In a big win for a little Wi-Fi startup called Fon, Time Warner Cable Inc will let its home broadband customers turn their connections into public wireless hotspots, a practice shunned by most US Internet service providers.
For Fon, which has forged similar agreements with ISPs across Europe, the deal will boost its credibility with US consumers. For Time Warner Cable, which has 6.6 million broadband subscribers, the move could help protect the company from an exodus as free or cheap municipal wireless becomes more readily available.
Fon was founded in Spain in 1995 on the premise that people should not have to pay twice -- once at home, then again in a coffee shop -- for Internet access. At first, the company offered software that let members, called "Foneros," turn Wi-Fi routers into shared access points, but it took hours to get up and running.
In the fall of last year, Fon, which counts Google Inc and eBay Inc's Skype among its investors, started selling and sometimes giving away its own branded wireless router, called La Fonera. Since then, it has distributed about 370,000 of them worldwide.
La Fonera splits a Wi-Fi connection in two: an encrypted channel for the Fonero and a public one for neighbors or passers-by. Foneros can decide how much of their bandwidth to share with the public and can log on to any Fon router without charge. "Aliens," as Fon calls nonmembers, can register on a Web page and pay a modest US$2 or US$3 for 24 hours of access.
In the US, where it costs US$10 for a day pass to use a T-Mobile HotSpot at a Starbucks, Fon's economics seem particularly appealing.
Joanna Rees, chief executive of Fon USA, said such rates at coffee shops, airports and hotels might work for a business person with an expense account but are too high for people who just want to quickly check e-mail, make a call on a Wi-Fi phone or play on a wireless video game device.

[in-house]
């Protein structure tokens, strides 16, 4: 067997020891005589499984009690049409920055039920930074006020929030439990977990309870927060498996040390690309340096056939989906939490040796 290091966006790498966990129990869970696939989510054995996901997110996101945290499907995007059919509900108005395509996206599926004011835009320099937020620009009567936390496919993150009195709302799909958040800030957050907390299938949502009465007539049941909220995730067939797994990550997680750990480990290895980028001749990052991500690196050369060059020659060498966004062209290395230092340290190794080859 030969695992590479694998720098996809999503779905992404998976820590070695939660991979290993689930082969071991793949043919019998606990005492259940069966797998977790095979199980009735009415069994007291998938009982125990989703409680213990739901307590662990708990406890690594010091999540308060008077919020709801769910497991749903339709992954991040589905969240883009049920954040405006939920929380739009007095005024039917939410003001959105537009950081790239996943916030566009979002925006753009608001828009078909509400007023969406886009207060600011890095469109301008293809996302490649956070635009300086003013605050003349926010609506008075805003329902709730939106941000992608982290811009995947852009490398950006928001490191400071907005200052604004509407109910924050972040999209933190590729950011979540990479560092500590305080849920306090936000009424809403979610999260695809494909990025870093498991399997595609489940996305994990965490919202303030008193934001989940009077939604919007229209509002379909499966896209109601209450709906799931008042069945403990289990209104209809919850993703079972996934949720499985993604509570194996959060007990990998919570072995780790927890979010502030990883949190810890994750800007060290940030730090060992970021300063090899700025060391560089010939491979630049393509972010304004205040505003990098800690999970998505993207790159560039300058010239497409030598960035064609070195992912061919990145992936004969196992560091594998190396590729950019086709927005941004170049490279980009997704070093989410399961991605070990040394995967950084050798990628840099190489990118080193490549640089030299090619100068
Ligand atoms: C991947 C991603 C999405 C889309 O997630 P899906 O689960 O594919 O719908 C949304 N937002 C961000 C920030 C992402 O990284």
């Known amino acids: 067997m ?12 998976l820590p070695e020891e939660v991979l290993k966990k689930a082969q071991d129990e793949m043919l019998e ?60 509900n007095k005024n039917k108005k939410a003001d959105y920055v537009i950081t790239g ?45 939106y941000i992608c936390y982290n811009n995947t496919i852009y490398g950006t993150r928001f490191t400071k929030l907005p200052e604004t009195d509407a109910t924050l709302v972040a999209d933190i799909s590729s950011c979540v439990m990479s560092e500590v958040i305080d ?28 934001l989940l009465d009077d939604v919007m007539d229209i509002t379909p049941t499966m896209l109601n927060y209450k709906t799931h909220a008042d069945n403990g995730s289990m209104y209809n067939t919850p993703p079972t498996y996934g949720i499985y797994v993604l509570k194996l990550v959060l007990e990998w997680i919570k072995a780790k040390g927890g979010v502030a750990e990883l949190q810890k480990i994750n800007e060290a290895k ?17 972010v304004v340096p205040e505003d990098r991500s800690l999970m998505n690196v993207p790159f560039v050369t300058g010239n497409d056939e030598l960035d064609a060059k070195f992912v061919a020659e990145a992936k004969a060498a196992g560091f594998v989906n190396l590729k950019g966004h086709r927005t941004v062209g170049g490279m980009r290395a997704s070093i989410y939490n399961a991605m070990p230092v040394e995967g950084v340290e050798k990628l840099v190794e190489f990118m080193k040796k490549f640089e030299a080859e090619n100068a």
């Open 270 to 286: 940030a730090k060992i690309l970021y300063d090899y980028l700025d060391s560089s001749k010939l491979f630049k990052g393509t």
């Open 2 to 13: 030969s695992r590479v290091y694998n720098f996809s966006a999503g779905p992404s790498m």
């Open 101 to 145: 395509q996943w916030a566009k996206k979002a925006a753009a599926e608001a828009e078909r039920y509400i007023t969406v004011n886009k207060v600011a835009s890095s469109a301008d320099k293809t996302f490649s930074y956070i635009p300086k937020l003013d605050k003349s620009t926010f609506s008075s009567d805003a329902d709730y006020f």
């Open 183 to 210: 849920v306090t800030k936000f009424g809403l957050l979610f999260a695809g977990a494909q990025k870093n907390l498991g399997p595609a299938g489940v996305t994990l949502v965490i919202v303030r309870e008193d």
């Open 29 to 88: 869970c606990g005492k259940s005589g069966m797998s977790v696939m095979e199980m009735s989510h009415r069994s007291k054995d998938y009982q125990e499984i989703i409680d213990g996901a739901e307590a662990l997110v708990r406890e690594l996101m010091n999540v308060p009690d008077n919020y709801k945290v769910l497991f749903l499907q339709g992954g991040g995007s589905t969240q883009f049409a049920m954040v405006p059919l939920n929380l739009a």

"They're extorting people," Rees said.
Starbucks Corp and T-Mobile USA Inc representatives responded that they provide a premium service, and that customers see value in paying for speed, security and reliability.
Fon has about 60,000 Foneros in the US. In February, the company launched "Fonbucks," a one-month router giveaway aimed at people who live above or next-door to a Starbucks. It was an amusing way to get more La Foneras into high-density areas, and it worked to the tune of 6,800 free routers.
But until now, ISPs in the US have resisted the Fon model. Most big companies' end-user license agreements prohibit subscribers from sharing their connection outside the home or business. Verizon Communications Inc, for example, can terminate contracts if it finds an ad hoc hotspot.
Those policies are antiquated and don't mesh with the reality of untold thousands of people using their neighbors' unsecured Wi-Fi connections, Rees argues.
"It's a dirty secret how much leeching" goes on, Rees said. She said ISPs should embrace Fon because the routers, which require that "aliens" enter a valid credit card number before getting online, put a sharp stop to the leeching. And getting free access to the worldwide network of La Fonera routers encourages people to get or keep a broadband connection at home.
In the Time Warner deal that was expected to be announced yesterday, Fon and the cable company would split what "aliens" pay to use the hotspots.